Obesity Increasing Among Inpatients With Pulmonary Embolism

Pulmonary Embolism Left Lung
Pulmonary Embolism Left Lung
Pulmonary embolism was more common in obese women and in those younger than 65.

This article is part of Pulmonology Advisor‘s coverage of the CHEST 2018 meeting, taking place in San Antonio, Texas. Our staff will report on medical research related to COPD, critical care medicine, and more conducted by experts in the field. Check back regularly for more news from CHEST 2018.

SAN ANTONIO — Obesity is increasing in people hospitalized for pulmonary embolism, according to a study presented at the CHEST Annual Meeting, held October 6-10, 2018, in San Antonio, Texas. Pulmonary embolism was also more common in obese women and in those younger than 65.

Using a National Inpatient Sample, researchers gathered information on 1,959,018 individuals with pulmonary embolism. Of these, 16% (n=312,770) were obese. Obesity increased over the time period of the study, from 10.2% to 22.6% between 2002 and 2014. Compared with nonobese individuals, pulmonary embolism was more common in obese individuals who were women (62.1% vs 53%; P ≤.001), black (20% vs 15.5%; P ≤.001), recipients of private insurance (40% vs 32%; P ≤.001), younger than 65 (70.7% vs 49.1%; P ≤.001), had comorbid disorders of pulmonary circulation (11.9% vs 6.9%; P ≤.001), had hypertension (65% vs 50.5%; P ≤.001), and had chronic diseases of the liver (2.5% vs 1.6%; P ≤.001), lung (27.4% vs 23.8%; P ≤.001), and kidney (9% vs 7.5%; P ≤.001).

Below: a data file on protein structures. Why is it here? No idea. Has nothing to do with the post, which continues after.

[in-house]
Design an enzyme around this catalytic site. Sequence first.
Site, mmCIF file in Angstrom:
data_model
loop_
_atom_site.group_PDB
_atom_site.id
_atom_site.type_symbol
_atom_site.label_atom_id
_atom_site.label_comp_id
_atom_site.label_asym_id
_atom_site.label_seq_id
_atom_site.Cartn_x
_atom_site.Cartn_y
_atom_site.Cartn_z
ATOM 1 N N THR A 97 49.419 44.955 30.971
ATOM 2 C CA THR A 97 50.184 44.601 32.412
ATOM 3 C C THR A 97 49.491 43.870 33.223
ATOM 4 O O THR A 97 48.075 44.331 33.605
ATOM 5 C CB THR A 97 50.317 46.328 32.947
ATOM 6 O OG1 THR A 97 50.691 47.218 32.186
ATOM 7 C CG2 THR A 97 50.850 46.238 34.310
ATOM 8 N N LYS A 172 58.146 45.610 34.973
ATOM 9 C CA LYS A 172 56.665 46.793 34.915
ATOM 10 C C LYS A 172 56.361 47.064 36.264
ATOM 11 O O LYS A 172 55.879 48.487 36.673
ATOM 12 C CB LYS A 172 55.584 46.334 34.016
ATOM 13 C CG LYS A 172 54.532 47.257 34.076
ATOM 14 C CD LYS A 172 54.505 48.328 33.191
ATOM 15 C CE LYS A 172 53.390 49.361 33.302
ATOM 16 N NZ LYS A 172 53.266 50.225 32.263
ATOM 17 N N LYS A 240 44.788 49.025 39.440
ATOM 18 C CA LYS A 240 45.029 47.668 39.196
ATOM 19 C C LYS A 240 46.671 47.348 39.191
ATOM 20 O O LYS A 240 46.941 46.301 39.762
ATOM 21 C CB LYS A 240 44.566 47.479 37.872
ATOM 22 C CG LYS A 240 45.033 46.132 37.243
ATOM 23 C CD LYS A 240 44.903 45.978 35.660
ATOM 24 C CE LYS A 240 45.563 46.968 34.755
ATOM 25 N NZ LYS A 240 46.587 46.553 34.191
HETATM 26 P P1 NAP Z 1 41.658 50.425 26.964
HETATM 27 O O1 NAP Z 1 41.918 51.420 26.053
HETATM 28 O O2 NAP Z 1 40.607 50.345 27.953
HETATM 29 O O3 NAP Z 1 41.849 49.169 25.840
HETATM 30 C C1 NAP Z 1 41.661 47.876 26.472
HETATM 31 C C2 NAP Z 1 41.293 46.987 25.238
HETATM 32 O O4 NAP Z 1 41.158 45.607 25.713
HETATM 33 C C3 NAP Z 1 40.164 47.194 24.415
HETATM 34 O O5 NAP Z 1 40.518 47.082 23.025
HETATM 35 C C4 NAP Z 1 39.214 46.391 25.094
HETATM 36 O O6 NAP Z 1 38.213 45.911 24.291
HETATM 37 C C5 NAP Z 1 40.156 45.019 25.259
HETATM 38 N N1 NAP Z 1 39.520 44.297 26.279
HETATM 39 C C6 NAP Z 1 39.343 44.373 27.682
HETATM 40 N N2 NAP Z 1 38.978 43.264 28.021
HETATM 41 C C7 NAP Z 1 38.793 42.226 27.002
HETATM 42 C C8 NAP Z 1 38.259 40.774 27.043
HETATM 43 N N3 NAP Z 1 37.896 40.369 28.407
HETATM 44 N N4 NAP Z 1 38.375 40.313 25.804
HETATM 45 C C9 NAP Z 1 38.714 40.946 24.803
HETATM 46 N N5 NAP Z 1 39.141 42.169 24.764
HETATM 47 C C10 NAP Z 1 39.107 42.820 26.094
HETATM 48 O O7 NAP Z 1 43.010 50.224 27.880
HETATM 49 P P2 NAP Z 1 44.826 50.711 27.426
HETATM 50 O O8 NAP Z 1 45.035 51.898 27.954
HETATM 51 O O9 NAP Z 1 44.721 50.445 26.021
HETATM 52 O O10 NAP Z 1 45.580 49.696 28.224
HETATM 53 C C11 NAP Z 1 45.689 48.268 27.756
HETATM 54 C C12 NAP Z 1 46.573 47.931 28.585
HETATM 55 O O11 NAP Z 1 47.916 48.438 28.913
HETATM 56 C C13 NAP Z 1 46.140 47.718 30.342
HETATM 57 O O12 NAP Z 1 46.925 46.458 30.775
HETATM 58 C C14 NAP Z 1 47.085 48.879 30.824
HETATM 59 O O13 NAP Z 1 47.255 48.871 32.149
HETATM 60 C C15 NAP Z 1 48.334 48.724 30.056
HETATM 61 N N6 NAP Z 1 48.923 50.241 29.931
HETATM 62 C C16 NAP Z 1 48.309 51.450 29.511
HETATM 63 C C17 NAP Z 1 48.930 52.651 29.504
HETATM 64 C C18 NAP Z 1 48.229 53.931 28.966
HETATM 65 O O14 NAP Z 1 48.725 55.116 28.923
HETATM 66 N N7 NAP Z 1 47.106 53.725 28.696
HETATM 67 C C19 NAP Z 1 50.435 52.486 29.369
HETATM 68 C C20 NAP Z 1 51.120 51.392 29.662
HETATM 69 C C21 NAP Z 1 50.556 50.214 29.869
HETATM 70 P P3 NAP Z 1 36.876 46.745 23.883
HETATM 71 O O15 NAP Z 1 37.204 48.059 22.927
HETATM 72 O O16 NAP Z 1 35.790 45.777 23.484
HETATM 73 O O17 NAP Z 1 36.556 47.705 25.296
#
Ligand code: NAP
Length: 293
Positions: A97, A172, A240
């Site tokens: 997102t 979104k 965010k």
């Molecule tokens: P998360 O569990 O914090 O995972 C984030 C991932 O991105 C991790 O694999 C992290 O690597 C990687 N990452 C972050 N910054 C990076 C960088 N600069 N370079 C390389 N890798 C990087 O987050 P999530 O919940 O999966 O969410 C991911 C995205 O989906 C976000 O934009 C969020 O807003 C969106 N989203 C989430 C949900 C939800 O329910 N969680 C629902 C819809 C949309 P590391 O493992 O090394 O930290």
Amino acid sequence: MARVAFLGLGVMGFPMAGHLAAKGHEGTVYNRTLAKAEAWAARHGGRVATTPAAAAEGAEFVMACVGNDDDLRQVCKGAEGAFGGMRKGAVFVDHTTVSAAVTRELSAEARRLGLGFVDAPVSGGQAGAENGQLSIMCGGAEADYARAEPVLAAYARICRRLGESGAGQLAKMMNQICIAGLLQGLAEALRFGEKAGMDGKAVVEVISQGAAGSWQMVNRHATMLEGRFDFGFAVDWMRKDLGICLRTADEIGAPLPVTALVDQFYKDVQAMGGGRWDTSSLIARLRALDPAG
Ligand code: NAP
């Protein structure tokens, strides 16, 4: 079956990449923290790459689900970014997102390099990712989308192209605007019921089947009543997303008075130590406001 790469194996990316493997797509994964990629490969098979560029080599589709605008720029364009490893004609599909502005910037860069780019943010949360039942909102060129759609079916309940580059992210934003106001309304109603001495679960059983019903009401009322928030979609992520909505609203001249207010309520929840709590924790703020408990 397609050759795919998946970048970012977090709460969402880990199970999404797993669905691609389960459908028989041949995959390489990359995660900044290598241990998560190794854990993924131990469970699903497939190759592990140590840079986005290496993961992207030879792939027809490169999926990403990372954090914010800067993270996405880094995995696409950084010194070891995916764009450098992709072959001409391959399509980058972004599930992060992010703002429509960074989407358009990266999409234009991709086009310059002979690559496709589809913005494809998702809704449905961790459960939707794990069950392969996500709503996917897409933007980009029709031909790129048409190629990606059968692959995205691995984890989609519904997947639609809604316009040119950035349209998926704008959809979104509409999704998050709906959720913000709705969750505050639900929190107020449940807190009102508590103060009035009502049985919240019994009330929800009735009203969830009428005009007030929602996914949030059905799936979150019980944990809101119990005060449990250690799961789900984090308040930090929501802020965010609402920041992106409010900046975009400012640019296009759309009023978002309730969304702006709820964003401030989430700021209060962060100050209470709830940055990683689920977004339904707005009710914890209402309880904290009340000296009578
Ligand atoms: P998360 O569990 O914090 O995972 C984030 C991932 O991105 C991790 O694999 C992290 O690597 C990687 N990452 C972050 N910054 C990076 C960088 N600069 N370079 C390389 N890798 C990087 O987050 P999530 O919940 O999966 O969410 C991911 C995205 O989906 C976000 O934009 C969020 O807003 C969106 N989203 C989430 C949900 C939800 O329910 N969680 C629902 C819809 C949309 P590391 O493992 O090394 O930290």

Among obese individuals, there were higher rates of thrombolytics, mechanical intubation, and cardiogenic shock (P ≤.001 for all). However, those with obesity experienced lower mortality rates than those without (2.2% vs 3.7%; P ≤.001), a trend that was sustained over the 13-year study window.

Related Articles

Individuals included in this study were ≥18 years of age between 2002 and 2014 and had ICD-9 codes of 415.11, 415.13, or 415.19, which indicated a diagnosis of pulmonary embolism. The Elixhauser comorbidity measure within the National Inpatient Sample database was used to find individuals with obesity.

The researchers concluded that “the mortality in patients with pulmonary embolism was lower in obese patients than in non-obese patients despite getting more thrombolytics and mechanical intubation. Activity of the endocannabinoid system has been proposed as a possible mechanism for the reduced mortality in obese patients.”

Visit Pulmonology Advisor‘s conference section for continuous coverage from CHEST 2018


Khan Z, Srour K, Khan MS, Ahmed TS, Siddiqui N, Assaly R. The impact of obesity on mortality and disease severity in patients with pulmonary embolism in United States: a 13-year national analysis. Presented at: CHEST Annual Meeting 2018; October 6-10, 2018; San Antonio, TX.